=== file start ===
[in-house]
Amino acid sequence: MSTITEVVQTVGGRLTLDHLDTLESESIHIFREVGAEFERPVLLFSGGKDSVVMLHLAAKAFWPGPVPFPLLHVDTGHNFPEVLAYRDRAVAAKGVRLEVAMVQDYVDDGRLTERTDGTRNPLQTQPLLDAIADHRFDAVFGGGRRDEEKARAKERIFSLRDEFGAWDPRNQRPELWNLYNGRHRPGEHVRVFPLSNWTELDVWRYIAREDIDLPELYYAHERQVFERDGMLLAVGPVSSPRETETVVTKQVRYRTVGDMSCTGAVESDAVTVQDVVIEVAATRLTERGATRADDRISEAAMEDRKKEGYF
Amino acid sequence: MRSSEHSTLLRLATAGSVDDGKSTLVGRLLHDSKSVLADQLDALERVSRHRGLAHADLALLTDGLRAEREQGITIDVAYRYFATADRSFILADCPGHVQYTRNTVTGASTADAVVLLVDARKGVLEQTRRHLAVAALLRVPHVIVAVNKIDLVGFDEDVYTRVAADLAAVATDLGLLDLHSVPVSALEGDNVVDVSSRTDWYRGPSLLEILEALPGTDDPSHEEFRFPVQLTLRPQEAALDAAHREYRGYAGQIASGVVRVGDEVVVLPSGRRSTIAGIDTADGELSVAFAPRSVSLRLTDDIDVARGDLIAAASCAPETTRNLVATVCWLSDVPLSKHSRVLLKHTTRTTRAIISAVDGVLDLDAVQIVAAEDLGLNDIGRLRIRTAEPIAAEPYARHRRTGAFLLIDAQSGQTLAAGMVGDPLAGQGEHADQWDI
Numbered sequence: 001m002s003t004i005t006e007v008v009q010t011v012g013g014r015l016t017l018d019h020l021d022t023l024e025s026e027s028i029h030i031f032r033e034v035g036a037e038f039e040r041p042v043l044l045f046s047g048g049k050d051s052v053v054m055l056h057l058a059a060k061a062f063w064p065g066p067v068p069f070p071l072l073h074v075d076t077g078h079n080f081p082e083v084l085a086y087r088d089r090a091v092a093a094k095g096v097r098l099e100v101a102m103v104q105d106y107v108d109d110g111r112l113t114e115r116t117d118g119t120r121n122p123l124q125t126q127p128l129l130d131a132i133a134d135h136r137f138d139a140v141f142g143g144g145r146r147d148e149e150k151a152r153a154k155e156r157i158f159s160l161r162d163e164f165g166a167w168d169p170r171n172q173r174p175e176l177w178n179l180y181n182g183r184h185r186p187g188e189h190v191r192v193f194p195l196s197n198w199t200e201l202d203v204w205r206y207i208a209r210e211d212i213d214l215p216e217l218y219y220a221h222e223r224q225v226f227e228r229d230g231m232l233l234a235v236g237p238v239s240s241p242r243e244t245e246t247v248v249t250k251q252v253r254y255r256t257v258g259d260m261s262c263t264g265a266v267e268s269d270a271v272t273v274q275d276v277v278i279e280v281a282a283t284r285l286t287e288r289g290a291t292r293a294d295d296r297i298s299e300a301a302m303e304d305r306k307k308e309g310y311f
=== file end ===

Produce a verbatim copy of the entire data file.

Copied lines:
[in-house]
Amino acid sequence: MSTITEVVQTVGGRLTLDHLDTLESESIHIFREVGAEFERPVLLFSGGKDSVVMLHLAAKAFWPGPVPFPLLHVDTGHNFPEVLAYRDRAVAAKGVRLEVAMVQDYVDDGRLTERTDGTRNPLQTQPLLDAIADHRFDAVFGGGRRDEEKARAKERIFSLRDEFGAWDPRNQRPELWNLYNGRHRPGEHVRVFPLSNWTELDVWRYIAREDIDLPELYYAHERQVFERDGMLLAVGPVSSPRETETVVTKQVRYRTVGDMSCTGAVESDAVTVQDVVIEVAATRLTERGATRADDRISEAAMEDRKKEGYF
Amino acid sequence: MRSSEHSTLLRLATAGSVDDGKSTLVGRLLHDSKSVLADQLDALERVSRHRGLAHADLALLTDGLRAEREQGITIDVAYRYFATADRSFILADCPGHVQYTRNTVTGASTADAVVLLVDARKGVLEQTRRHLAVAALLRVPHVIVAVNKIDLVGFDEDVYTRVAADLAAVATDLGLLDLHSVPVSALEGDNVVDVSSRTDWYRGPSLLEILEALPGTDDPSHEEFRFPVQLTLRPQEAALDAAHREYRGYAGQIASGVVRVGDEVVVLPSGRRSTIAGIDTADGELSVAFAPRSVSLRLTDDIDVARGDLIAAASCAPETTRNLVATVCWLSDVPLSKHSRVLLKHTTRTTRAIISAVDGVLDLDAVQIVAAEDLGLNDIGRLRIRTAEPIAAEPYARHRRTGAFLLIDAQSGQTLAAGMVGDPLAGQGEHADQWDI
Numbered sequence: 001m002s003t004i005t006e007v008v009q010t011v012g013g014r015l016t017l018d019h020l021d022t023l024e025s026e027s028i029h030i031f032r033e034v035g036a037e038f039e040r041p042v043l044l045f046s047g048g049k050d051s052v053v054m055l056h057l058a059a060k061a062f063w064p065g066p067v068p069f070p071l072l073h074v075d076t077g078h079n080f081p082e083v084l085a086y087r088d089r090a091v092a093a094k095g096v097r098l099e100v101a102m103v104q105d106y107v108d109d110g111r112l113t114e115r116t117d118g119t120r121n122p123l124q125t126q127p128l129l130d131a132i133a134d135h136r137f138d139a140v141f142g143g144g145r146r147d148e149e150k151a152r153a154k155e156r157i158f159s160l161r162d163e164f165g166a167w168d169p170r171n172q173r174p175e176l177w178n179l180y181n182g183r184h185r186p187g188e189h190v191r192v193f194p195l196s197n198w199t200e201l202d203v204w205r206y207i208a209r210e211d212i213d214l215p216e217l218y219y220a221h222e223r224q225v226f227e228r229d230g231m232l233l234a235v236g237p238v239s240s241p242r243e244t245e246t247v248v249t250k251q252v253r254y255r256t257v258g259d260m261s262c263t264g265a266v267e268s269d270a271v272t273v274q275d276v277v278i279e280v281a282a283t284r285l286t287e288r289g290a291t292r293a294d295d296r297i298s299e300a301a302m303e304d305r306k307k308e309g310y311f